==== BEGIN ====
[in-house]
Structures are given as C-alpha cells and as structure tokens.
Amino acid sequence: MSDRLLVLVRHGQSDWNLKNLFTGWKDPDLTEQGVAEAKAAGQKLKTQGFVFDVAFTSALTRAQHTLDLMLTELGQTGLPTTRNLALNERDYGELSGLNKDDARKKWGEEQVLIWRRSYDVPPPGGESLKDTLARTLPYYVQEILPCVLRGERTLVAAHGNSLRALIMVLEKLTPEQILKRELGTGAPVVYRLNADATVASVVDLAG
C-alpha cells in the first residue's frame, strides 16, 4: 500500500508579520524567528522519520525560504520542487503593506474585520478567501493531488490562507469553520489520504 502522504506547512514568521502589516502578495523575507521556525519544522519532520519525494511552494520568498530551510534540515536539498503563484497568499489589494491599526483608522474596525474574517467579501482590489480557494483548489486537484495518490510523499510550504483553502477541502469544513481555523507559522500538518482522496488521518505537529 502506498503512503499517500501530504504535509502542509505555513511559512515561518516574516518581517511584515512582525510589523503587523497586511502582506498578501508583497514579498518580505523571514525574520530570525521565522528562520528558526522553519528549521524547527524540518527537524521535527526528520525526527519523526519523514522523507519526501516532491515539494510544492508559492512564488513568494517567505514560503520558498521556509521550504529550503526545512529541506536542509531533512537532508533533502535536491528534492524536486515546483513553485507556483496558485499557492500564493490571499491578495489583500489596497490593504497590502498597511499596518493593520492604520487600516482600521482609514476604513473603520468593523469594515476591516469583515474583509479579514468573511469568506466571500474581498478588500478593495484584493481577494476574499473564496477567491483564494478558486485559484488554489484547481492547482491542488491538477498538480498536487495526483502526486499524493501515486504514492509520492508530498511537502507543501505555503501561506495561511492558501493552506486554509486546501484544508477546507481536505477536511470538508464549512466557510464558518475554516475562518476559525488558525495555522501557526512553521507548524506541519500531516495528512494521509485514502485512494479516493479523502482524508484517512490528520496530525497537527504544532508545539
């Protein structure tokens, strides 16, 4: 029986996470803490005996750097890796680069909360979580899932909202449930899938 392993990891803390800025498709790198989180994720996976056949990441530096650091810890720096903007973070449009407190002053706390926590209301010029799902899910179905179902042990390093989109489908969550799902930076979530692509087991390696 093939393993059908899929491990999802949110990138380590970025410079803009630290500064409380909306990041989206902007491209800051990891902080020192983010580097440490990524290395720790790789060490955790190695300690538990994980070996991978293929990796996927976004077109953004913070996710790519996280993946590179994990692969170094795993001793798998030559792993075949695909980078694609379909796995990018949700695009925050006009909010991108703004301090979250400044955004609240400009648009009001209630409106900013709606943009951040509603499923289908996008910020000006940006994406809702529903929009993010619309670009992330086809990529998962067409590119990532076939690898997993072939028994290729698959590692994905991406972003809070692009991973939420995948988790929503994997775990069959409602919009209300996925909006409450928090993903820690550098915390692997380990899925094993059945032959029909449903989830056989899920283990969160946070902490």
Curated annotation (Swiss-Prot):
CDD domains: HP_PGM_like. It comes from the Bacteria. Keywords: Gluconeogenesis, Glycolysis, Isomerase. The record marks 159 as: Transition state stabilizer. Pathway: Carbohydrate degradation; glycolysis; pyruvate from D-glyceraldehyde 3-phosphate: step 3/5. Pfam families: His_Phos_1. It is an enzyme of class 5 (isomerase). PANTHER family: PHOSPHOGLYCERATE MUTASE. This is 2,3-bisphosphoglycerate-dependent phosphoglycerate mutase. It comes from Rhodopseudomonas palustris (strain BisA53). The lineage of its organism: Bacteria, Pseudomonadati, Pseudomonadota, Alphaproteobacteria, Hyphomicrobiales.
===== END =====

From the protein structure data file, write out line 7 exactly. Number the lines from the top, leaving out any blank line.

CDD domains: HP_PGM_like. It comes from the Bacteria. Keywords: Gluconeogenesis, Glycolysis, Isomerase. The record marks 159 as: Transition state stabilizer. Pathway: Carbohydrate degradation; glycolysis; pyruvate from D-glyceraldehyde 3-phosphate: step 3/5. Pfam families: His_Phos_1. It is an enzyme of class 5 (isomerase). PANTHER family: PHOSPHOGLYCERATE MUTASE. This is 2,3-bisphosphoglycerate-dependent phosphoglycerate mutase. It comes from Rhodopseudomonas palustris (strain BisA53). The lineage of its organism: Bacteria, Pseudomonadati, Pseudomonadota, Alphaproteobacteria, Hyphomicrobiales.